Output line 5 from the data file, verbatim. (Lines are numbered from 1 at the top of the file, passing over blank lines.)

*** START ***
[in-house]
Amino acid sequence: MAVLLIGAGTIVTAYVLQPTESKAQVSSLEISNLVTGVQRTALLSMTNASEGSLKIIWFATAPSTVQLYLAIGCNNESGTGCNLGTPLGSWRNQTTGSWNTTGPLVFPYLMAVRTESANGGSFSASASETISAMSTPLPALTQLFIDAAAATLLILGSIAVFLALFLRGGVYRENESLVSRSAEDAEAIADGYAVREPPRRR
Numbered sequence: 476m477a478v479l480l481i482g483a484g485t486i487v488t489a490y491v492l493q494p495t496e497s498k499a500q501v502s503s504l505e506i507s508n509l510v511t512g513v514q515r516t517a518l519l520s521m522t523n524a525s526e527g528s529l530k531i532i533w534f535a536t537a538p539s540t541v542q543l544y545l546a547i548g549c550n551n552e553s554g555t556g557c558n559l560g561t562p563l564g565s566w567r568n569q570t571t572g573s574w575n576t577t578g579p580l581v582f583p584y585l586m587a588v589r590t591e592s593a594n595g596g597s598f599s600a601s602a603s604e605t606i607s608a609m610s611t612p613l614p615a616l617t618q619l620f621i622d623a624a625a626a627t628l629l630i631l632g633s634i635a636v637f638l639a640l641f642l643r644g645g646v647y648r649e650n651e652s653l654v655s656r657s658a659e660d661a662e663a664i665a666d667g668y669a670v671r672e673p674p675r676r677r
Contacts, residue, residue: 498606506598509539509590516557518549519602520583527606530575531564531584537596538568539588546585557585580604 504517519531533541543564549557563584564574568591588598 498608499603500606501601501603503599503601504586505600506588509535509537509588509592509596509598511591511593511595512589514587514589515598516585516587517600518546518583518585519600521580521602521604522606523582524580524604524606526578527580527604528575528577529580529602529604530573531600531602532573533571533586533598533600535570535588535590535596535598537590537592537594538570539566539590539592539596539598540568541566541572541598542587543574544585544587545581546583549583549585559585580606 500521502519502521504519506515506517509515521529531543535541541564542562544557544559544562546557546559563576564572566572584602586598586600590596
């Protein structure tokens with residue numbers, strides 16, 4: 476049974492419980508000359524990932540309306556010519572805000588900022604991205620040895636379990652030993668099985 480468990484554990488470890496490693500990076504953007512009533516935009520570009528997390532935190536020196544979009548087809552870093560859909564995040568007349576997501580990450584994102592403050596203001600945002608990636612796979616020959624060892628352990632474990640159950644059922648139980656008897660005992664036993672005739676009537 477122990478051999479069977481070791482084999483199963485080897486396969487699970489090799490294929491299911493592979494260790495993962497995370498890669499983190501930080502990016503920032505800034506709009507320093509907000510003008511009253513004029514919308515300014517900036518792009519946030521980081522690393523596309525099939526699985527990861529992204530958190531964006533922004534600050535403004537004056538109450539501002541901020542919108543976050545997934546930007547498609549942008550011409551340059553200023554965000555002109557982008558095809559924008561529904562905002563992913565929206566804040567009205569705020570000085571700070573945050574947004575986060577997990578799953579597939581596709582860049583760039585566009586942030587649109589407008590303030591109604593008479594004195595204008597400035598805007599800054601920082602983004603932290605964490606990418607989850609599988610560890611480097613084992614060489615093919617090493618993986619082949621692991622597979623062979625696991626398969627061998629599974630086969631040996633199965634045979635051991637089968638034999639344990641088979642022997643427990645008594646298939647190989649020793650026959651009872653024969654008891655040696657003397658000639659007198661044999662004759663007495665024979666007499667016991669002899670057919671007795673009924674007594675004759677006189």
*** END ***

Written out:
């Protein structure tokens with residue numbers, strides 16, 4: 476049974492419980508000359524990932540309306556010519572805000588900022604991205620040895636379990652030993668099985 480468990484554990488470890496490693500990076504953007512009533516935009520570009528997390532935190536020196544979009548087809552870093560859909564995040568007349576997501580990450584994102592403050596203001600945002608990636612796979616020959624060892628352990632474990640159950644059922648139980656008897660005992664036993672005739676009537 477122990478051999479069977481070791482084999483199963485080897486396969487699970489090799490294929491299911493592979494260790495993962497995370498890669499983190501930080502990016503920032505800034506709009507320093509907000510003008511009253513004029514919308515300014517900036518792009519946030521980081522690393523596309525099939526699985527990861529992204530958190531964006533922004534600050535403004537004056538109450539501002541901020542919108543976050545997934546930007547498609549942008550011409551340059553200023554965000555002109557982008558095809559924008561529904562905002563992913565929206566804040567009205569705020570000085571700070573945050574947004575986060577997990578799953579597939581596709582860049583760039585566009586942030587649109589407008590303030591109604593008479594004195595204008597400035598805007599800054601920082602983004603932290605964490606990418607989850609599988610560890611480097613084992614060489615093919617090493618993986619082949621692991622597979623062979625696991626398969627061998629599974630086969631040996633199965634045979635051991637089968638034999639344990641088979642022997643427990645008594646298939647190989649020793650026959651009872653024969654008891655040696657003397658000639659007198661044999662004759663007495665024979666007499667016991669002899670057919671007795673009924674007594675004759677006189």